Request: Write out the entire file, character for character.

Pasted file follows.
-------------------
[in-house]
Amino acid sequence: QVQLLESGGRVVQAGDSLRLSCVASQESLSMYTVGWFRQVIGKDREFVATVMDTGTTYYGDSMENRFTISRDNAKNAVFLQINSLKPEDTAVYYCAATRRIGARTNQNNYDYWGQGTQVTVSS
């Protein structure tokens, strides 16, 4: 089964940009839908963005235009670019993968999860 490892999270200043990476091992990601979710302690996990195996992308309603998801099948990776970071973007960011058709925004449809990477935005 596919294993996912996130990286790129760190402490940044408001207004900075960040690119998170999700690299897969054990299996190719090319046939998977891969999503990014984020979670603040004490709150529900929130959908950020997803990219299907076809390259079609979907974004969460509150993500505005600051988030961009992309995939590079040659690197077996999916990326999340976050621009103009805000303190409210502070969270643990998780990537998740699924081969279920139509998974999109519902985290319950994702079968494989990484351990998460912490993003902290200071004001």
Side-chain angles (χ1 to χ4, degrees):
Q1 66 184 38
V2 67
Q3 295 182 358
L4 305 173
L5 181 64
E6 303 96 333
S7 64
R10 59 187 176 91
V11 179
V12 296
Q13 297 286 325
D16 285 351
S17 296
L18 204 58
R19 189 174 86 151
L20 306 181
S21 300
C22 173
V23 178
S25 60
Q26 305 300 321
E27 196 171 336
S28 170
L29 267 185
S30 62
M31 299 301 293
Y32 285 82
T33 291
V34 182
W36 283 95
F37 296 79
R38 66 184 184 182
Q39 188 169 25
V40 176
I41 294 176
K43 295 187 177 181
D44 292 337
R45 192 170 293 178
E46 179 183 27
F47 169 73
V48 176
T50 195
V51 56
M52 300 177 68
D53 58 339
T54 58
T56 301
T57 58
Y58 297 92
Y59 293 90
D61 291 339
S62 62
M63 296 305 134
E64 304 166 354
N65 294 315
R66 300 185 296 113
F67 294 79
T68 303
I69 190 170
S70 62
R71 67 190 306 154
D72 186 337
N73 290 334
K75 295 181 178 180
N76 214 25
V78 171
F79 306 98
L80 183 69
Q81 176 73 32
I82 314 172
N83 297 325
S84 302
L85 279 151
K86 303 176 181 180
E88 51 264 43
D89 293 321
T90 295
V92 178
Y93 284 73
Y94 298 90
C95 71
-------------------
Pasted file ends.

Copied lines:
[in-house]
Amino acid sequence: QVQLLESGGRVVQAGDSLRLSCVASQESLSMYTVGWFRQVIGKDREFVATVMDTGTTYYGDSMENRFTISRDNAKNAVFLQINSLKPEDTAVYYCAATRRIGARTNQNNYDYWGQGTQVTVSS
């Protein structure tokens, strides 16, 4: 089964940009839908963005235009670019993968999860 490892999270200043990476091992990601979710302690996990195996992308309603998801099948990776970071973007960011058709925004449809990477935005 596919294993996912996130990286790129760190402490940044408001207004900075960040690119998170999700690299897969054990299996190719090319046939998977891969999503990014984020979670603040004490709150529900929130959908950020997803990219299907076809390259079609979907974004969460509150993500505005600051988030961009992309995939590079040659690197077996999916990326999340976050621009103009805000303190409210502070969270643990998780990537998740699924081969279920139509998974999109519902985290319950994702079968494989990484351990998460912490993003902290200071004001």
Side-chain angles (χ1 to χ4, degrees):
Q1 66 184 38
V2 67
Q3 295 182 358
L4 305 173
L5 181 64
E6 303 96 333
S7 64
R10 59 187 176 91
V11 179
V12 296
Q13 297 286 325
D16 285 351
S17 296
L18 204 58
R19 189 174 86 151
L20 306 181
S21 300
C22 173
V23 178
S25 60
Q26 305 300 321
E27 196 171 336
S28 170
L29 267 185
S30 62
M31 299 301 293
Y32 285 82
T33 291
V34 182
W36 283 95
F37 296 79
R38 66 184 184 182
Q39 188 169 25
V40 176
I41 294 176
K43 295 187 177 181
D44 292 337
R45 192 170 293 178
E46 179 183 27
F47 169 73
V48 176
T50 195
V51 56
M52 300 177 68
D53 58 339
T54 58
T56 301
T57 58
Y58 297 92
Y59 293 90
D61 291 339
S62 62
M63 296 305 134
E64 304 166 354
N65 294 315
R66 300 185 296 113
F67 294 79
T68 303
I69 190 170
S70 62
R71 67 190 306 154
D72 186 337
N73 290 334
K75 295 181 178 180
N76 214 25
V78 171
F79 306 98
L80 183 69
Q81 176 73 32
I82 314 172
N83 297 325
S84 302
L85 279 151
K86 303 176 181 180
E88 51 264 43
D89 293 321
T90 295
V92 178
Y93 284 73
Y94 298 90
C95 71